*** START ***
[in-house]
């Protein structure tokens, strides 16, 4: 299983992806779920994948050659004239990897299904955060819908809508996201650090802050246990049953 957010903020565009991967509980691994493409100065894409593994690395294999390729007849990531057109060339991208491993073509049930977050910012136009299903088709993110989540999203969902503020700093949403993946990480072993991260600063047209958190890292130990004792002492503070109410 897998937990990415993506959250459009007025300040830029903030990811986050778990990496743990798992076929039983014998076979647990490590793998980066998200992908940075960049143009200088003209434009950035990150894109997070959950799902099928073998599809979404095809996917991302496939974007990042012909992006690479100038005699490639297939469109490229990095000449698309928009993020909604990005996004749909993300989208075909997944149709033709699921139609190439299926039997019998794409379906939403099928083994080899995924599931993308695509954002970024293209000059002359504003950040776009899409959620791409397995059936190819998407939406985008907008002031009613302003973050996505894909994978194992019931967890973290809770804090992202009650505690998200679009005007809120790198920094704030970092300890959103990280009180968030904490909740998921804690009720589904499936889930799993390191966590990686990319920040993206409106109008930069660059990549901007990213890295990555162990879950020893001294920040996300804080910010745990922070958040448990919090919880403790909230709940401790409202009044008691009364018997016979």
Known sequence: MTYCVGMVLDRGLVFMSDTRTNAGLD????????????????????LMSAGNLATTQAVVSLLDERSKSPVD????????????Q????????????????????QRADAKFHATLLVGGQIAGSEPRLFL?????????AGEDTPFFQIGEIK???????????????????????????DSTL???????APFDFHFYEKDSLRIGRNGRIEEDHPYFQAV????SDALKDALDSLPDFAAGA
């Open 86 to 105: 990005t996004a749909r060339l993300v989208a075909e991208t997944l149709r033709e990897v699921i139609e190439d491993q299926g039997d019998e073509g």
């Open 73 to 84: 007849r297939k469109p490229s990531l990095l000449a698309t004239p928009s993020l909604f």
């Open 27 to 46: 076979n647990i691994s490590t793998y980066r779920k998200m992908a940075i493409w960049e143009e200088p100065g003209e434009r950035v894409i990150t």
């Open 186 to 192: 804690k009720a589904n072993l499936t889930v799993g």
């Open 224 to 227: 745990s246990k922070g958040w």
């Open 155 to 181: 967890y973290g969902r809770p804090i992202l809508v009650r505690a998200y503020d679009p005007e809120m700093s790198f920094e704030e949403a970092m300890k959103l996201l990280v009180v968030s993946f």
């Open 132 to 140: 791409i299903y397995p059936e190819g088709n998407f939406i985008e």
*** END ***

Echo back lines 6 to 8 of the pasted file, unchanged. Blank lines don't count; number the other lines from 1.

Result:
């Open 27 to 46: 076979n647990i691994s490590t793998y980066r779920k998200m992908a940075i493409w960049e143009e200088p100065g003209e434009r950035v894409i990150t």
């Open 186 to 192: 804690k009720a589904n072993l499936t889930v799993g």
């Open 224 to 227: 745990s246990k922070g958040w």